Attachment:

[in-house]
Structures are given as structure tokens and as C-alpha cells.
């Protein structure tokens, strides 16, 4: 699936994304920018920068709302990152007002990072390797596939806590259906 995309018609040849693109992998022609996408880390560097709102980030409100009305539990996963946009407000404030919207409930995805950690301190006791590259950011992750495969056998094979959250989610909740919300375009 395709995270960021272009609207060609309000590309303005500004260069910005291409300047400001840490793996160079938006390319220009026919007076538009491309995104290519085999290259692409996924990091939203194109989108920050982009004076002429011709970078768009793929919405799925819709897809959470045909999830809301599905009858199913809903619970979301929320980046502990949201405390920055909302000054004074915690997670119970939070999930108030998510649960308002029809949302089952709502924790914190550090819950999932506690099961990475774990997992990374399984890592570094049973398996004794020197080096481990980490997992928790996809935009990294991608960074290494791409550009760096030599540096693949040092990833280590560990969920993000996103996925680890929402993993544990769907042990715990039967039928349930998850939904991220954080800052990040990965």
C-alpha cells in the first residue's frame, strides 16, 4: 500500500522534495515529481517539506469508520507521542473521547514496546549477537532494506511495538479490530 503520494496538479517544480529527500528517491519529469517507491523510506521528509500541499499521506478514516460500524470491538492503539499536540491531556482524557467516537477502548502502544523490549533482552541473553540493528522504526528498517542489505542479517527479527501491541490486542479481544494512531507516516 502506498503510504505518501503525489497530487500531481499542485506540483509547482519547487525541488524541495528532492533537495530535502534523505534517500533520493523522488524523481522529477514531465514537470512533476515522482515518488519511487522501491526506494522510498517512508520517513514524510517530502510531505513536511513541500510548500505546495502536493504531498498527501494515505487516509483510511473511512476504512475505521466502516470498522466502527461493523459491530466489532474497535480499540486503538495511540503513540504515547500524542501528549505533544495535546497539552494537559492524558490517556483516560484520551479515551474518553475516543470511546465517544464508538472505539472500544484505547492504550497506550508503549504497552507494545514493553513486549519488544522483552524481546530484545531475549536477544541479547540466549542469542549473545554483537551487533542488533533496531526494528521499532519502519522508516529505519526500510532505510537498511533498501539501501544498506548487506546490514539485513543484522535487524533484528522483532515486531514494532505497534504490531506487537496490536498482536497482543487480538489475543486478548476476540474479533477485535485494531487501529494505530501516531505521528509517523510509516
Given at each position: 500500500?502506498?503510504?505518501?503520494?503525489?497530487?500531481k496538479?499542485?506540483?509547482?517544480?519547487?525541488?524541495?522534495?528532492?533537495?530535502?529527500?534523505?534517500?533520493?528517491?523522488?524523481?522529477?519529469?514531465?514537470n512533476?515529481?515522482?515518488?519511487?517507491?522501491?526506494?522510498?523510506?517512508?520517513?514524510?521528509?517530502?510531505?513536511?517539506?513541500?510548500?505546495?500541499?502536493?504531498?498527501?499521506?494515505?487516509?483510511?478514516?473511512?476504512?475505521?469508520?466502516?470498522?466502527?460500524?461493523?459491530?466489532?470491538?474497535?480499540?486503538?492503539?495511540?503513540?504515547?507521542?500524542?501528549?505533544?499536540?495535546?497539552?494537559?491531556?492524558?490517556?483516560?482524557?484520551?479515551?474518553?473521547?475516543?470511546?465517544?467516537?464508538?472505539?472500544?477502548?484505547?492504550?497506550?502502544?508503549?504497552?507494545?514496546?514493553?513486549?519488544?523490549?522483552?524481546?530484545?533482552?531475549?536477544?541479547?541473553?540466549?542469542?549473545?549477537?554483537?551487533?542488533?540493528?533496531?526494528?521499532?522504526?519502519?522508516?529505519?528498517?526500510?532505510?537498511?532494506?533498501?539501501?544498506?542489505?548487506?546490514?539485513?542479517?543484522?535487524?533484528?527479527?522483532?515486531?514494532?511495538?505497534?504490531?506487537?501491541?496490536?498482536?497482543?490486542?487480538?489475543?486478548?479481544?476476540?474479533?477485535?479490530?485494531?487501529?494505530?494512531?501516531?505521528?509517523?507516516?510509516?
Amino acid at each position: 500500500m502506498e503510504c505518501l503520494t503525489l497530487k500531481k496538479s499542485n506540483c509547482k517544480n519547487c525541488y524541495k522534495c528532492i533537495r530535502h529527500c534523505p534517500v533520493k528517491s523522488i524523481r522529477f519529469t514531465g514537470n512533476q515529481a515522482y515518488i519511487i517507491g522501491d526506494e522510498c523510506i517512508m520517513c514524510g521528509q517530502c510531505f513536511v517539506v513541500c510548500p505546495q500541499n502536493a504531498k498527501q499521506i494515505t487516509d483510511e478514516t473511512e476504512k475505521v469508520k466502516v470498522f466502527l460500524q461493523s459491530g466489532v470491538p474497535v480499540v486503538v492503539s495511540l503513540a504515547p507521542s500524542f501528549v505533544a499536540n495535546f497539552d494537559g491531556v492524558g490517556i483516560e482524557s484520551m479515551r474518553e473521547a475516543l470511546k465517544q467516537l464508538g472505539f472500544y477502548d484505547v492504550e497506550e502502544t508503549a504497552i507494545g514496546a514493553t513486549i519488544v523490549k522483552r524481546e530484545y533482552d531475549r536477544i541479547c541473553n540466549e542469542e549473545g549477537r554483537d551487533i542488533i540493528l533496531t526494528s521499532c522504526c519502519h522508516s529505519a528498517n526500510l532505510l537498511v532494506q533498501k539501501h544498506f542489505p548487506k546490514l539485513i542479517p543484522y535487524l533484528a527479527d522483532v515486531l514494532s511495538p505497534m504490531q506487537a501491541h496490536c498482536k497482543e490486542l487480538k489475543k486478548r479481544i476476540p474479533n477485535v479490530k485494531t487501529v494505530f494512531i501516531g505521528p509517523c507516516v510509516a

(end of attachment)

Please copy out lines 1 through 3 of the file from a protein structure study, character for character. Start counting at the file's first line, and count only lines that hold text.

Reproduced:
[in-house]
Structures are given as structure tokens and as C-alpha cells.
């Protein structure tokens, strides 16, 4: 699936994304920018920068709302990152007002990072390797596939806590259906 995309018609040849693109992998022609996408880390560097709102980030409100009305539990996963946009407000404030919207409930995805950690301190006791590259950011992750495969056998094979959250989610909740919300375009 395709995270960021272009609207060609309000590309303005500004260069910005291409300047400001840490793996160079938006390319220009026919007076538009491309995104290519085999290259692409996924990091939203194109989108920050982009004076002429011709970078768009793929919405799925819709897809959470045909999830809301599905009858199913809903619970979301929320980046502990949201405390920055909302000054004074915690997670119970939070999930108030998510649960308002029809949302089952709502924790914190550090819950999932506690099961990475774990997992990374399984890592570094049973398996004794020197080096481990980490997992928790996809935009990294991608960074290494791409550009760096030599540096693949040092990833280590560990969920993000996103996925680890929402993993544990769907042990715990039967039928349930998850939904991220954080800052990040990965």